This week we explored the value of taking control of our own learning – arguing that it is impossible to become a good educationalist if you cannot also become an engaged and active learner or student. Of course when you start a degree the module or course names might mean very little – we have no idea what the course it about – let alone what it might offer us – or what we might actually want from it. First of all we just want to survive – survive the strange new buildings and people – the new demands – and the blind confusion and panic involved in being a student… BUT – at some point it is useful to stop – think – and start again more slowly!

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The hermeneutic space

Firstly we reflected on five things that we actively want from Becoming – how we’ll know when we’ve got them… and what we feel about the module now – and YES – this will help you with the end of course ESSAY!!

So – what did people actually want from Becoming?

As well as research skills, people wanted to become more creative and to engage in different sorts of learning activities; to be pushed into engaging positively – especially with things outside current comfort zones – for example to get more confidence online. People wanted a good teaching experience – to be part of dialogic practice and to grow in confidence. Some wanted to experience different ways of designing lessons, learning and teaching – to experience and to learn about different sorts of engaging tasks and practices. Still others wanted to develop their critical and analytical thinking – especially with respect to the reading – and in the process learn and become more comfortable with the different terminologies and academic language. People wanted more confidence in giving presentations – and to build their confidence and social capital in general. Some saw Becoming as a journey – to their learning – to their career: “becoming what I’m meant to be.”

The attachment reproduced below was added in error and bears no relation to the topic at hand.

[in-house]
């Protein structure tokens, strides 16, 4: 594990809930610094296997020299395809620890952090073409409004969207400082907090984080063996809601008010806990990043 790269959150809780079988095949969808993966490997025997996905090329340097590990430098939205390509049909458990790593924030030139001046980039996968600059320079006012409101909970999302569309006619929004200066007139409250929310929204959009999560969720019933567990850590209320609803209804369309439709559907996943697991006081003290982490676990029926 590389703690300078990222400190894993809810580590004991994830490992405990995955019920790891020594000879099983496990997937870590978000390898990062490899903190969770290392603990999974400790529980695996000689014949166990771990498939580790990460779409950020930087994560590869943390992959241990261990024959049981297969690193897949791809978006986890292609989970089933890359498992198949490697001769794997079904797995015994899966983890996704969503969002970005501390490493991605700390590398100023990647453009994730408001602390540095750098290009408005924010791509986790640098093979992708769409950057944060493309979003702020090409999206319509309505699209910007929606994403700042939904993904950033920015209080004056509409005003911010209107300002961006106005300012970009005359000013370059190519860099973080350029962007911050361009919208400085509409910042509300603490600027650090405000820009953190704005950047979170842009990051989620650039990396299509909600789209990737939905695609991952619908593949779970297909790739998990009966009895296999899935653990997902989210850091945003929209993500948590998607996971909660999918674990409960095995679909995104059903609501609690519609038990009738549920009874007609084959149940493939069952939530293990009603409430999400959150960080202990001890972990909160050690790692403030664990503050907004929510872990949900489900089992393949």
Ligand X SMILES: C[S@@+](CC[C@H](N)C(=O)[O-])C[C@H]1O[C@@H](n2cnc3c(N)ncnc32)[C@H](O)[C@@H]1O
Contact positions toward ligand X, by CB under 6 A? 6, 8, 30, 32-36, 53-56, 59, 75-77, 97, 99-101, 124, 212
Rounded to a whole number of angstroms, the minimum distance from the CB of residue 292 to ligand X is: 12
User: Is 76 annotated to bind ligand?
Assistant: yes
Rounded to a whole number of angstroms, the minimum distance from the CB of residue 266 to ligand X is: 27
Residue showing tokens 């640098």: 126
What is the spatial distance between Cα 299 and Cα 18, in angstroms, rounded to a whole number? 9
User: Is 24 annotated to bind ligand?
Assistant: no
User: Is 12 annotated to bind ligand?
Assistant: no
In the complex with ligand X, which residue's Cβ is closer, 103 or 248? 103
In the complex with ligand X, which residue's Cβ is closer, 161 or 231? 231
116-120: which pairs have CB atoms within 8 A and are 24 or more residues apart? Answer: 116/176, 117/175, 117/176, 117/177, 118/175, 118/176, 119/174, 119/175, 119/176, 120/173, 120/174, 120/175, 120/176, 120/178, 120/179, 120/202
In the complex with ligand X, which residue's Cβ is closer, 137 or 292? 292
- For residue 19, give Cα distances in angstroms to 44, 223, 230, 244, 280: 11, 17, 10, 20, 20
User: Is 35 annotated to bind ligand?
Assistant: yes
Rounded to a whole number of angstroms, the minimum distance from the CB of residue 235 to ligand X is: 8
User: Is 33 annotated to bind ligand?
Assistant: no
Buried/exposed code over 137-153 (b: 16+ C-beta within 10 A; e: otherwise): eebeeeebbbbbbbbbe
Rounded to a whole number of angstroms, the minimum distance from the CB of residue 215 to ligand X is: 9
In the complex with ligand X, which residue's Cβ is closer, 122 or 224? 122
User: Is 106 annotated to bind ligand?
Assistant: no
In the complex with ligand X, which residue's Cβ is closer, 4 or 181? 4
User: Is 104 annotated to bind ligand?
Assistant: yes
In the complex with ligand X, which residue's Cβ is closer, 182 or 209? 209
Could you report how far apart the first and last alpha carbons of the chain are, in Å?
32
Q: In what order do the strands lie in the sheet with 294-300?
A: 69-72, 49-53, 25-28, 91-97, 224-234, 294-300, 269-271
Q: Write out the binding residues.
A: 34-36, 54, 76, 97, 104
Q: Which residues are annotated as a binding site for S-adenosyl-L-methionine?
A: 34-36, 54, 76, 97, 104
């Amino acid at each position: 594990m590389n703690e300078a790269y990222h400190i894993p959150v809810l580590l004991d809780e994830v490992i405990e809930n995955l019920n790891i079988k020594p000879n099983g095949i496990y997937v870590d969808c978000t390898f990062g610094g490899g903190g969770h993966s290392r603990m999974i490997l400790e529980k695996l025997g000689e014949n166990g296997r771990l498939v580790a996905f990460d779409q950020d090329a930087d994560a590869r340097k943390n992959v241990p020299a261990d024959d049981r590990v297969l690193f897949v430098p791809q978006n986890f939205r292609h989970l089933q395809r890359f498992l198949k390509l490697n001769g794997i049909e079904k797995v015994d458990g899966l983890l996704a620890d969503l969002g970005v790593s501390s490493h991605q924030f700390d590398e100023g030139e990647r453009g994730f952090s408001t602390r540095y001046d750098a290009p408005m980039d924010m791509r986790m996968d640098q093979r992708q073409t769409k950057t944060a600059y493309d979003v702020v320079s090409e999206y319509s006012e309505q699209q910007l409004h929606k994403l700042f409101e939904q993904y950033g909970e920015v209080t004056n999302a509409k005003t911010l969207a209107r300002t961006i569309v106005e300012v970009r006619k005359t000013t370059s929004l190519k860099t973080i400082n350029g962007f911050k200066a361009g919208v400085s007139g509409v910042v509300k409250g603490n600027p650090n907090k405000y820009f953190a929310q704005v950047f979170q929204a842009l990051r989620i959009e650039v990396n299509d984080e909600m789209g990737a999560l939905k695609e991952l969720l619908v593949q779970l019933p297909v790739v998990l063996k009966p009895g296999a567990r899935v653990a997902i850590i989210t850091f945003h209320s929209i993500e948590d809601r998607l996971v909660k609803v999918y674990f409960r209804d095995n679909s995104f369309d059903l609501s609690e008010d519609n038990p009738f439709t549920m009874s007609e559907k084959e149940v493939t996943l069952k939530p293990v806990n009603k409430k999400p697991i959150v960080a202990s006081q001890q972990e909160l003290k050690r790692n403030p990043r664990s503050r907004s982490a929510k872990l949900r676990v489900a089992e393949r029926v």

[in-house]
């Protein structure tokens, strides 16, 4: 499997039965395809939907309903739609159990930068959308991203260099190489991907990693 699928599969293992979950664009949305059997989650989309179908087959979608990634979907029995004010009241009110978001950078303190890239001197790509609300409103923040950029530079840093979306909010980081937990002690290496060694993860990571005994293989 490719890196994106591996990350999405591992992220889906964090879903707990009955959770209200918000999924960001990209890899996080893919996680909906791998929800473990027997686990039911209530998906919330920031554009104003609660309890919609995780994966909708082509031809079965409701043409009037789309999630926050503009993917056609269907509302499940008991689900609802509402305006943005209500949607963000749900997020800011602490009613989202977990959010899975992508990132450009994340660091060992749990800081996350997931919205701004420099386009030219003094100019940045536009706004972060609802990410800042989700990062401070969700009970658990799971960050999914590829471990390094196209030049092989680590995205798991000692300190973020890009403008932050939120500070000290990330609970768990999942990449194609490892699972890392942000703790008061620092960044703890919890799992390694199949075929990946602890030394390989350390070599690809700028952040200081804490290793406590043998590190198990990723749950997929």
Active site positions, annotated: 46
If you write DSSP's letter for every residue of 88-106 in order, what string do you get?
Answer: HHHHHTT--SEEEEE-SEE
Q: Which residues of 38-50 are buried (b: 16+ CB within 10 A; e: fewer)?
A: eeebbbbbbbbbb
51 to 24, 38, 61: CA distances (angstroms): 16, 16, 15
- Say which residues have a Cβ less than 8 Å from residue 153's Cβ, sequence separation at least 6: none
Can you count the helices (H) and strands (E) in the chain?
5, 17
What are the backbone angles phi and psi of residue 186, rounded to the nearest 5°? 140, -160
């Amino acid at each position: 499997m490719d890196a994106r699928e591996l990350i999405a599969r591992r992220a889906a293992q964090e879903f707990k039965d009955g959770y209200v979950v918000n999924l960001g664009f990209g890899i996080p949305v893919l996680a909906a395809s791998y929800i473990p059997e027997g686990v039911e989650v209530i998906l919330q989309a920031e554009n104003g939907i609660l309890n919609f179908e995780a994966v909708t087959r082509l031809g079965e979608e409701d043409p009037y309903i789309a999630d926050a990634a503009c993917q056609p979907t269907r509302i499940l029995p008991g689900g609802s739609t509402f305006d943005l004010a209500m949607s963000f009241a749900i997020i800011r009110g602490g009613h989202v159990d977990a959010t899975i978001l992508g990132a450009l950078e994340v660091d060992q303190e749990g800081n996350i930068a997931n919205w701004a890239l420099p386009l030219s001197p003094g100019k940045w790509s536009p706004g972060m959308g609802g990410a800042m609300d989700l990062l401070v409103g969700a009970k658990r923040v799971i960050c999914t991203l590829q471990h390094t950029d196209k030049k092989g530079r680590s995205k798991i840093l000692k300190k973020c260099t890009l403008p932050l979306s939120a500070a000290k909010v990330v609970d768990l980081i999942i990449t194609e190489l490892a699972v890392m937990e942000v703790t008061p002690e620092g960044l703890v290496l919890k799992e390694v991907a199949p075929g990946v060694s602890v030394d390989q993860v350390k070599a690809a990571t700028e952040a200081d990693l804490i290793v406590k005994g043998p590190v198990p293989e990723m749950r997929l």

After voicing our own hopes and expectations – we compared these to the 14 principles for improving higher learning: Angelo: A “Teacher’s Dozen”: Fourteen General, Research-Based Principles for Improving Higher Learning in Our Classrooms: – actively discussing the first few in class: active learning is essential; we need to focus – be aware of what is important in the subject; learners must have their own goals (explicit, reasonable, positive) – and it helps if these are congruent with the teacher’s goals; we remember by connecting new learning to old schema; we may need to unlearn what we already know – and this is difficult; and  – as the notemakers know already – personally and meaningfully organised information is retained.

Tip: Reflect on the 14 principles: how far are students themselves in control of these – how far are they down to teaching practice? How far might they help you to become a more successful educationalist? How far will they help you with the Becoming essay?